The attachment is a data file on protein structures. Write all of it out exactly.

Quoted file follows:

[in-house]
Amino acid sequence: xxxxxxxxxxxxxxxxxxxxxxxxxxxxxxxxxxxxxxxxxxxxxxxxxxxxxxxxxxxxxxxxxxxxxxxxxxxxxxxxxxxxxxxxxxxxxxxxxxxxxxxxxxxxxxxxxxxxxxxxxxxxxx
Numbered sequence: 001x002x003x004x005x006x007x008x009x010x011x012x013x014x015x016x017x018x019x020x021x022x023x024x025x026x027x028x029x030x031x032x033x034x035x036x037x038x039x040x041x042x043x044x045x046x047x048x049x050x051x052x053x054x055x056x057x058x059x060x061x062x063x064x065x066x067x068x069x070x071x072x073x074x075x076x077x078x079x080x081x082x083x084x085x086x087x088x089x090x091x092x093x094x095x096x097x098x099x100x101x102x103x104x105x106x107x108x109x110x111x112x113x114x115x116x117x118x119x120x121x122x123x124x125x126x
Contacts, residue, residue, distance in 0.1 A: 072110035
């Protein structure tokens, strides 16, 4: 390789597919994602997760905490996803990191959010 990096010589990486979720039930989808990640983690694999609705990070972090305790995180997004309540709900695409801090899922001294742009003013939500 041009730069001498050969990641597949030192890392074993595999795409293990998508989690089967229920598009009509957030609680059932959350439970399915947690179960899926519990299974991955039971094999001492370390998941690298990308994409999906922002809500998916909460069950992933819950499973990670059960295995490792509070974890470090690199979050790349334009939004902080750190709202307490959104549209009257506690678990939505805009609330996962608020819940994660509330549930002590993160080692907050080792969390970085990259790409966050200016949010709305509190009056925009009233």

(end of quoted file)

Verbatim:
[in-house]
Amino acid sequence: xxxxxxxxxxxxxxxxxxxxxxxxxxxxxxxxxxxxxxxxxxxxxxxxxxxxxxxxxxxxxxxxxxxxxxxxxxxxxxxxxxxxxxxxxxxxxxxxxxxxxxxxxxxxxxxxxxxxxxxxxxxxxx
Numbered sequence: 001x002x003x004x005x006x007x008x009x010x011x012x013x014x015x016x017x018x019x020x021x022x023x024x025x026x027x028x029x030x031x032x033x034x035x036x037x038x039x040x041x042x043x044x045x046x047x048x049x050x051x052x053x054x055x056x057x058x059x060x061x062x063x064x065x066x067x068x069x070x071x072x073x074x075x076x077x078x079x080x081x082x083x084x085x086x087x088x089x090x091x092x093x094x095x096x097x098x099x100x101x102x103x104x105x106x107x108x109x110x111x112x113x114x115x116x117x118x119x120x121x122x123x124x125x126x
Contacts, residue, residue, distance in 0.1 A: 072110035
């Protein structure tokens, strides 16, 4: 390789597919994602997760905490996803990191959010 990096010589990486979720039930989808990640983690694999609705990070972090305790995180997004309540709900695409801090899922001294742009003013939500 041009730069001498050969990641597949030192890392074993595999795409293990998508989690089967229920598009009509957030609680059932959350439970399915947690179960899926519990299974991955039971094999001492370390998941690298990308994409999906922002809500998916909460069950992933819950499973990670059960295995490792509070974890470090690199979050790349334009939004902080750190709202307490959104549209009257506690678990939505805009609330996962608020819940994660509330549930002590993160080692907050080792969390970085990259790409966050200016949010709305509190009056925009009233």